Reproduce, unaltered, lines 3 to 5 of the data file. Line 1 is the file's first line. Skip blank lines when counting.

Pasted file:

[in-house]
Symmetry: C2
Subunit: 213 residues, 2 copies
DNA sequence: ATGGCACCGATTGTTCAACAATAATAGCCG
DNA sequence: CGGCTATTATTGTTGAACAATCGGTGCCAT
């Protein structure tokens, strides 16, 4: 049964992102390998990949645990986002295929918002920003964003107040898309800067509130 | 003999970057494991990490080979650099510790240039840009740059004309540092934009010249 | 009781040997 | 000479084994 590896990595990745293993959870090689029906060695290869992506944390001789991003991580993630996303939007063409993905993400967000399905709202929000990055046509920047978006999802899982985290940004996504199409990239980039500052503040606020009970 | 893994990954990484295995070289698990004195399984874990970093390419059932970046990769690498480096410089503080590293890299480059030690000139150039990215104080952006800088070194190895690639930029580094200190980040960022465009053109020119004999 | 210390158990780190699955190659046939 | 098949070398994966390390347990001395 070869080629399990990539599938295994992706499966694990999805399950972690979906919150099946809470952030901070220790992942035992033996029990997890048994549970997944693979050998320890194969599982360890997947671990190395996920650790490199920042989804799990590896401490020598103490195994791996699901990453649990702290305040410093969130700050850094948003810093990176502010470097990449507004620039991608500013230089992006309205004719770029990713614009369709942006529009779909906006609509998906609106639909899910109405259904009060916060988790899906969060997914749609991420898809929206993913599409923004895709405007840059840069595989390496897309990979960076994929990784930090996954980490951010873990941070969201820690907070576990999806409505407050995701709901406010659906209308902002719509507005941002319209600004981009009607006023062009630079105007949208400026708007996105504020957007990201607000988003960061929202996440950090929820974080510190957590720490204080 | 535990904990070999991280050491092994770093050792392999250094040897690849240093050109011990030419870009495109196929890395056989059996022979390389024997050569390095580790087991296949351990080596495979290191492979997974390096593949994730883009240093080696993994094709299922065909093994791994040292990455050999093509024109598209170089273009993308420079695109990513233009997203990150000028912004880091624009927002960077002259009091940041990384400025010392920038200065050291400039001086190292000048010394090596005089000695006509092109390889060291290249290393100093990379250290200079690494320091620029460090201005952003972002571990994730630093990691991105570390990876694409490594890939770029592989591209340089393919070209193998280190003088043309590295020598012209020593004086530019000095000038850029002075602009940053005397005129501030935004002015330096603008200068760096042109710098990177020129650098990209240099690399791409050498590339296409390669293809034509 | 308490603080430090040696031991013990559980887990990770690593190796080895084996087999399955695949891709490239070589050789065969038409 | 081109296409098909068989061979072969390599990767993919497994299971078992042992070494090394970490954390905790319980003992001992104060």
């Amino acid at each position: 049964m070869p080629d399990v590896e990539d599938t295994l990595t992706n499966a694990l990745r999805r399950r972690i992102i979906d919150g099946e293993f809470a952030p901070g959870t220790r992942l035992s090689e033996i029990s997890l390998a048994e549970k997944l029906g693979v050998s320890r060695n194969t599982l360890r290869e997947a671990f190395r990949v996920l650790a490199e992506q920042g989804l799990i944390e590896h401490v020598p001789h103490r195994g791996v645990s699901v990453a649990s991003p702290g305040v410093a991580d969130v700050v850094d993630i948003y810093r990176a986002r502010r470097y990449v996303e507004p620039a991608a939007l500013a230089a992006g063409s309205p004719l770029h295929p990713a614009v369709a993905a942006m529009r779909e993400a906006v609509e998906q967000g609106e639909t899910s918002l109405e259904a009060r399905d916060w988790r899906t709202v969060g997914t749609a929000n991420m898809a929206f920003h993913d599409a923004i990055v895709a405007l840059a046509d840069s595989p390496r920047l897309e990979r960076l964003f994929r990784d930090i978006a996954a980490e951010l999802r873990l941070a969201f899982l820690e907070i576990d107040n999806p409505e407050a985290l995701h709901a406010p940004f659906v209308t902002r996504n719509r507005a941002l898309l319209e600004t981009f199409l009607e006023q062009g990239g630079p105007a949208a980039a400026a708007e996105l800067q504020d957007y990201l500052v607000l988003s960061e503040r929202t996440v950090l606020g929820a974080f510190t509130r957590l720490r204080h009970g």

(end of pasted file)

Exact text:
Subunit: 213 residues, 2 copies
DNA sequence: ATGGCACCGATTGTTCAACAATAATAGCCG
DNA sequence: CGGCTATTATTGTTGAACAATCGGTGCCAT